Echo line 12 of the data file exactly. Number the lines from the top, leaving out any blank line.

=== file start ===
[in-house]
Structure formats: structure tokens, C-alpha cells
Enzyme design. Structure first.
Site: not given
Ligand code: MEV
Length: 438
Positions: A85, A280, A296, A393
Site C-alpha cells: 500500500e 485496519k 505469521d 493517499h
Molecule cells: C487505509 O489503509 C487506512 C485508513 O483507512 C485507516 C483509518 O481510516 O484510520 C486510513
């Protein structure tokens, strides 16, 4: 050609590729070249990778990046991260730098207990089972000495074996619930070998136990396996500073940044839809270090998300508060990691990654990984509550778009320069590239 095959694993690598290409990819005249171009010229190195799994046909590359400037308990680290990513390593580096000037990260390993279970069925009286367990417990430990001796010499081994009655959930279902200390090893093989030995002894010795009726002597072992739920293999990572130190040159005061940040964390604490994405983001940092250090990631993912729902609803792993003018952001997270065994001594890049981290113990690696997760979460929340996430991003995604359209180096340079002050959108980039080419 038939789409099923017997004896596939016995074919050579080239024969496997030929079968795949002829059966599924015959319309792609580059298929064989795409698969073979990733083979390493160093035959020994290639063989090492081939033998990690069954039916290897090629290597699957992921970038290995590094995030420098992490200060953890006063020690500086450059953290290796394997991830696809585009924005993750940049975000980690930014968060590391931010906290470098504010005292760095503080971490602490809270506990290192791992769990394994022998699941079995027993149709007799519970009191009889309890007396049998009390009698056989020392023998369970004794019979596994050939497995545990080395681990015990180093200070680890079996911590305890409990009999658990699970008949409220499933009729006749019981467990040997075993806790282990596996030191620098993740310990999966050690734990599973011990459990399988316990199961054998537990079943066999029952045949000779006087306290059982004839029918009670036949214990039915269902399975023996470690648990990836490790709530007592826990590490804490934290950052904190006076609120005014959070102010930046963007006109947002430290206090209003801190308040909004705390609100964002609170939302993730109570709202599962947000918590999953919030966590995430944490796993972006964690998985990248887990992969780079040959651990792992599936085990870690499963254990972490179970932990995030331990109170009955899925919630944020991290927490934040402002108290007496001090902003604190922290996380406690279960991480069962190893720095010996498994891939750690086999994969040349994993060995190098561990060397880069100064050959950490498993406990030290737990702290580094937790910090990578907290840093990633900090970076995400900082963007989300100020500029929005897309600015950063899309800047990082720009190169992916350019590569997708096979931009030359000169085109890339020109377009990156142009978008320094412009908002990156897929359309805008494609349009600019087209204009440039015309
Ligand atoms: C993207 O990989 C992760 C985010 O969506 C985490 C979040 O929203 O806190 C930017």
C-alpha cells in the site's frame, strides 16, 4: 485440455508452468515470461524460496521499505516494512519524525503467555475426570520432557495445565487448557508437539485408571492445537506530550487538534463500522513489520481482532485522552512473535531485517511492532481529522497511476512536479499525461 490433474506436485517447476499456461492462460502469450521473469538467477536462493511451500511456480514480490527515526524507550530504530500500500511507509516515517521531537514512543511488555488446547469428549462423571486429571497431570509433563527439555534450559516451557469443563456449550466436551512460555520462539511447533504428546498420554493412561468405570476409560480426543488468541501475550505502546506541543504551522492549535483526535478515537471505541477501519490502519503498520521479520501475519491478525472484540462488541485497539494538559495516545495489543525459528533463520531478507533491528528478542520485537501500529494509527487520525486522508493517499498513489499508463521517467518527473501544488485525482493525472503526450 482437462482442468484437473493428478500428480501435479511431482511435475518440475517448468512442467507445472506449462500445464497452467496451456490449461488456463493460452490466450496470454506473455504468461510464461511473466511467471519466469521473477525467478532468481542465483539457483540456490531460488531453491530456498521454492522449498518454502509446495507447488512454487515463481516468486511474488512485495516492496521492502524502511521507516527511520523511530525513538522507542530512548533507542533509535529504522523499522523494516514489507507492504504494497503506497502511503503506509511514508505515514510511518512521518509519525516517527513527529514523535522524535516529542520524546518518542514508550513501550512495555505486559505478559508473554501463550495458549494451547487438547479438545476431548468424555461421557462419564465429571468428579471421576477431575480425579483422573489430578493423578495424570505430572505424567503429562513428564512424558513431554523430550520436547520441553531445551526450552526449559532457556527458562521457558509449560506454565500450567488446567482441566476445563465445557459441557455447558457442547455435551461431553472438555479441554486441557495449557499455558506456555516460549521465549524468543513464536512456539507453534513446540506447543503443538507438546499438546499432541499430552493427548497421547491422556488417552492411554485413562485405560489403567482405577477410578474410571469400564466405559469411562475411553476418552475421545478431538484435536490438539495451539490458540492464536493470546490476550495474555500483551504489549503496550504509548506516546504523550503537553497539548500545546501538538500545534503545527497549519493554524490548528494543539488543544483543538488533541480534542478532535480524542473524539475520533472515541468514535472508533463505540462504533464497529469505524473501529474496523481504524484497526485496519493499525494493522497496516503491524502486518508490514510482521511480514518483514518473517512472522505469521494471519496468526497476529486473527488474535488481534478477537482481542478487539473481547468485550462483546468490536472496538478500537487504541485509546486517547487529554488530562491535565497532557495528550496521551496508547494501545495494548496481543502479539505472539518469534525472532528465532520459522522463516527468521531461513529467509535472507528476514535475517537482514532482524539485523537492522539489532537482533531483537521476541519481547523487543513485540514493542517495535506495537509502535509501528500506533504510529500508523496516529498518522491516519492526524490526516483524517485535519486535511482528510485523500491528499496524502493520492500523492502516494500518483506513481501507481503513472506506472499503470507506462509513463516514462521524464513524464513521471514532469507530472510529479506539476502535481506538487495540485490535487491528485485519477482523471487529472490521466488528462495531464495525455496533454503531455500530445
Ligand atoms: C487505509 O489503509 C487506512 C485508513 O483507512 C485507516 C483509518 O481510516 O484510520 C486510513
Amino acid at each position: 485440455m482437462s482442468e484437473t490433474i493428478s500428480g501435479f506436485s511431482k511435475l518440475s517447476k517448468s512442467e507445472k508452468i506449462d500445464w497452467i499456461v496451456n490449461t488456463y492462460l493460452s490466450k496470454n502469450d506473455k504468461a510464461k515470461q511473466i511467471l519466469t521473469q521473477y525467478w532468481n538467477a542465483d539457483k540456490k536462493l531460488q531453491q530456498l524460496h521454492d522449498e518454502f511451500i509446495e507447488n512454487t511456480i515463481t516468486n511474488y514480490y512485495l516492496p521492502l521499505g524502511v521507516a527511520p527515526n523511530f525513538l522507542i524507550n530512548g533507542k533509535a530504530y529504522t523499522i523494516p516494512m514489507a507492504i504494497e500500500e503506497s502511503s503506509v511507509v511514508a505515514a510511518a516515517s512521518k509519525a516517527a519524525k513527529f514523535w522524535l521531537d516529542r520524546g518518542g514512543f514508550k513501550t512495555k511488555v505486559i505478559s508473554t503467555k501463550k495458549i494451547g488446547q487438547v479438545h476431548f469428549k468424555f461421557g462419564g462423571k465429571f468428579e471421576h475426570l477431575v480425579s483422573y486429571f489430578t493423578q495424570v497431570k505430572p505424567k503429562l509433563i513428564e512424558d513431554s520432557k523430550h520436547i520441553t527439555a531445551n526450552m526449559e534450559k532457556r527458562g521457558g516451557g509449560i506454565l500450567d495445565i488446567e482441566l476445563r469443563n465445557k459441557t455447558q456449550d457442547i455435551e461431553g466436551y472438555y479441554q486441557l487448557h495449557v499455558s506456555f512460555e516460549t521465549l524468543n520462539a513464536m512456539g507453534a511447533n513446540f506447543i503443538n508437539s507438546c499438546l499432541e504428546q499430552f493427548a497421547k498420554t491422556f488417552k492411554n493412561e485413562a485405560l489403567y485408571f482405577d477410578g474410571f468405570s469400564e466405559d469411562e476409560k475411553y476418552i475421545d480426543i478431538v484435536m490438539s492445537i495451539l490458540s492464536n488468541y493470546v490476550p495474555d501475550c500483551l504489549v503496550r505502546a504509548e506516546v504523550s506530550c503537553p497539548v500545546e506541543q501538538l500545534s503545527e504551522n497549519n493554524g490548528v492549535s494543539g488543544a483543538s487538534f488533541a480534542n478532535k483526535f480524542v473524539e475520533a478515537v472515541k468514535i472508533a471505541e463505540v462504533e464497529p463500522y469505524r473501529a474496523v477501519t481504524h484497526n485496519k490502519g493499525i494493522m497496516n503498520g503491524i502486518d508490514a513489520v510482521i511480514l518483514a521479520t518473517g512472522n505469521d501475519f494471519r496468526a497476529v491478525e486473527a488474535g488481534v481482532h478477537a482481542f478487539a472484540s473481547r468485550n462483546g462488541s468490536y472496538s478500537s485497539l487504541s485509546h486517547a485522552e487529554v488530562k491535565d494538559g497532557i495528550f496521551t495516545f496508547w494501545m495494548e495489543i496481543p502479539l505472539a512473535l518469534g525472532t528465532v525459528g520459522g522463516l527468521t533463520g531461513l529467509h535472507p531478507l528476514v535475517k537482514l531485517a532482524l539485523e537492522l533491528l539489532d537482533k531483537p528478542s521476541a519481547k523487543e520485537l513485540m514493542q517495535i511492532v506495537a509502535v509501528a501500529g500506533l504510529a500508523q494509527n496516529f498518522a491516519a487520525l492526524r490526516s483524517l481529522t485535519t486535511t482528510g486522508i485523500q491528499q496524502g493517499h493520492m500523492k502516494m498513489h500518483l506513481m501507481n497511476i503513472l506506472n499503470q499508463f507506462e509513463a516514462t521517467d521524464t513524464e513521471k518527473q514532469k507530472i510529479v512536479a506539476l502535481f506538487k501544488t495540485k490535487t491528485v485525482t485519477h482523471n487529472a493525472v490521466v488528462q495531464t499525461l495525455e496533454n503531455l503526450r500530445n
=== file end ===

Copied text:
C-alpha cells in the site's frame, strides 16, 4: 485440455508452468515470461524460496521499505516494512519524525503467555475426570520432557495445565487448557508437539485408571492445537506530550487538534463500522513489520481482532485522552512473535531485517511492532481529522497511476512536479499525461 490433474506436485517447476499456461492462460502469450521473469538467477536462493511451500511456480514480490527515526524507550530504530500500500511507509516515517521531537514512543511488555488446547469428549462423571486429571497431570509433563527439555534450559516451557469443563456449550466436551512460555520462539511447533504428546498420554493412561468405570476409560480426543488468541501475550505502546506541543504551522492549535483526535478515537471505541477501519490502519503498520521479520501475519491478525472484540462488541485497539494538559495516545495489543525459528533463520531478507533491528528478542520485537501500529494509527487520525486522508493517499498513489499508463521517467518527473501544488485525482493525472503526450 482437462482442468484437473493428478500428480501435479511431482511435475518440475517448468512442467507445472506449462500445464497452467496451456490449461488456463493460452490466450496470454506473455504468461510464461511473466511467471519466469521473477525467478532468481542465483539457483540456490531460488531453491530456498521454492522449498518454502509446495507447488512454487515463481516468486511474488512485495516492496521492502524502511521507516527511520523511530525513538522507542530512548533507542533509535529504522523499522523494516514489507507492504504494497503506497502511503503506509511514508505515514510511518512521518509519525516517527513527529514523535522524535516529542520524546518518542514508550513501550512495555505486559505478559508473554501463550495458549494451547487438547479438545476431548468424555461421557462419564465429571468428579471421576477431575480425579483422573489430578493423578495424570505430572505424567503429562513428564512424558513431554523430550520436547520441553531445551526450552526449559532457556527458562521457558509449560506454565500450567488446567482441566476445563465445557459441557455447558457442547455435551461431553472438555479441554486441557495449557499455558506456555516460549521465549524468543513464536512456539507453534513446540506447543503443538507438546499438546499432541499430552493427548497421547491422556488417552492411554485413562485405560489403567482405577477410578474410571469400564466405559469411562475411553476418552475421545478431538484435536490438539495451539490458540492464536493470546490476550495474555500483551504489549503496550504509548506516546504523550503537553497539548500545546501538538500545534503545527497549519493554524490548528494543539488543544483543538488533541480534542478532535480524542473524539475520533472515541468514535472508533463505540462504533464497529469505524473501529474496523481504524484497526485496519493499525494493522497496516503491524502486518508490514510482521511480514518483514518473517512472522505469521494471519496468526497476529486473527488474535488481534478477537482481542478487539473481547468485550462483546468490536472496538478500537487504541485509546486517547487529554488530562491535565497532557495528550496521551496508547494501545495494548496481543502479539505472539518469534525472532528465532520459522522463516527468521531461513529467509535472507528476514535475517537482514532482524539485523537492522539489532537482533531483537521476541519481547523487543513485540514493542517495535506495537509502535509501528500506533504510529500508523496516529498518522491516519492526524490526516483524517485535519486535511482528510485523500491528499496524502493520492500523492502516494500518483506513481501507481503513472506506472499503470507506462509513463516514462521524464513524464513521471514532469507530472510529479506539476502535481506538487495540485490535487491528485485519477482523471487529472490521466488528462495531464495525455496533454503531455500530445